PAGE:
CFA leader tells Trustees “It’s Time” to make campus-based Equity Pay happen
Comments to the CSU Board of Trustees, January 2015

Doug Domingo-Forasté, CFA chapter president at CSU Long Beach addressed the CSU Board of Trustees meeting on January 28, 2015 on behalf of CFA. He argued for the immediate need to get things moving to implement campus-based Equity Pay, as provided under the 2014-2017 faculty contract.

Good morning. My name is Doug Domingo-Forasté and I am a Classics faculty member at the Long Beach campus.

In my nearly 30 years here, I have seen lots of ups and downs. Now I just see a mixture of disgust and anger at the university. The reasons are two.

First, after all the sacrifice of the past seven years, when faculty and students bore the brunt of saving the university’s finances because of poor management, now that finances are better, the university chooses to delay the creation of campus-based equity programs.

Second, even when the campuses had the money last year to remedy at least the most egregious cases and probably all the inequities and inversions under the old contract, it chose to not do so on direction from the Chancellor’s Office. Faculty are disgusted with the university’s Walmart-like business model that elevates immorality to a managerial principle.

Let me give you an example of a couple people I have worked with.

First Ashley C., a young biology professor, came to me last academic year and said, “Look at my salary inequity and can you help?”  The state of the job market when he was hired meant that this Ph.D holder started at $56,000.

OK, that’s miserable enough, but of course he has not had any raises since then. In the ensuring years, the department made a new hire every single year. Each hire was paid more than the prior one. Thus the person hired two years ago started at $68,000.

Even after being promoted to Associate Professor, Ashley still makes $2000/year less than the Assistant Professor who was hired two years ago.

Ashley cannot afford a house or even a decent apartment in Long Beach and of course he continues to look around even though I tell him that the university has promised to make it right this year. It’s not just students and Humboldt that need a food bank.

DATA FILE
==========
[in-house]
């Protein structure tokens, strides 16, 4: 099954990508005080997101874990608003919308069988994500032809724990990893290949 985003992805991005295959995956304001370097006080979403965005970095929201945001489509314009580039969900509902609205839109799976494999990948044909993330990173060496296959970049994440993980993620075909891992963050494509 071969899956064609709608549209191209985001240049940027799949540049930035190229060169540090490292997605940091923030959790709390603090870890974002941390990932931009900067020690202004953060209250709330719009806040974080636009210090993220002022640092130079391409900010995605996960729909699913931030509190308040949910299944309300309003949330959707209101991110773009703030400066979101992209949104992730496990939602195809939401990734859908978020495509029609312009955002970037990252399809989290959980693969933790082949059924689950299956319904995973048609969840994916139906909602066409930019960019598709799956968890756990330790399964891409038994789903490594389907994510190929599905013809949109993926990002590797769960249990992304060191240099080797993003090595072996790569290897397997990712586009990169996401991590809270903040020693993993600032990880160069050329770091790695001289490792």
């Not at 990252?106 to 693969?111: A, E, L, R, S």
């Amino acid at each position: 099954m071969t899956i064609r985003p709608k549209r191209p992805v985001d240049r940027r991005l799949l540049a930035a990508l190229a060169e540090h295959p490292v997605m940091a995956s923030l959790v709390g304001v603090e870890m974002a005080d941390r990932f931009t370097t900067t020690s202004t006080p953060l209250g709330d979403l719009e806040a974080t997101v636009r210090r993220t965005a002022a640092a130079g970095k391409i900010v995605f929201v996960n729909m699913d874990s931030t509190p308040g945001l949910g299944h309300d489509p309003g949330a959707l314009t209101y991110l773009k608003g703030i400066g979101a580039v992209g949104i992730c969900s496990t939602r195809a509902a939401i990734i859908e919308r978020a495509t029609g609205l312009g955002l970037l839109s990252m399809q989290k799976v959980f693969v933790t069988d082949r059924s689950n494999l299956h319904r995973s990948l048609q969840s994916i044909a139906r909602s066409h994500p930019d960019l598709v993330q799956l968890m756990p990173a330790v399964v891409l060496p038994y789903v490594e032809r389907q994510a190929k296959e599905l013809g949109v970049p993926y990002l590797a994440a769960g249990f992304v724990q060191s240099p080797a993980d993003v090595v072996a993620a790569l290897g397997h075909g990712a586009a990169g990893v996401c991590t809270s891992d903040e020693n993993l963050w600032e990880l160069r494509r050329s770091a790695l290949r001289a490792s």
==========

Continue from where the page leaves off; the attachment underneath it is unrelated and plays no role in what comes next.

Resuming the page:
Carlos S. is in a similar situation. He is a full professor in art education and makes $10,000 less than the average full professor in his department and college. This is not because he is not good. He is excellent at what he does and contributes greatly to the community as well as to his students.

After he came to me for help, I got the poor guy to involve his students with a family homeless shelter in an art therapy program. He took this extra project even though Carlos has had to take on a second job to make ends meet.

In both Ashley’s and Carlos’ cases, we prepared overwhelmingly strong cases for an equity salary adjustment under the old contract. Our provost rejected them with a form letter.

Last year we looked at the systemic problem under the old contract and our provost said the proposal to remedy it was a good one and one they could afford. But on the Chancellor’s Office’s direction, all the campuses refused to do a systemic fix to the salary structure until the new contract was signed at which point these problems would be addressed.

OK, the new contract is signed and Article 31.12 allows the campus to fix these problems, but now the Chancellor’s Office drags its feet in getting us the salary figures so that we can look at these problems of inversion and compression.

“We’re working on it,” is no longer good enough. We settled this contract in October.

Are the managers in the Chancellor’s Office so incompetent that they can’t get us salary figures to work on these problems, but so competent they deserve a significant compensation increase?

Look, I expect wage thievery from Walmart, but even after all this time at the university, I still think the university should operate at a different moral level. Right now, it’s not.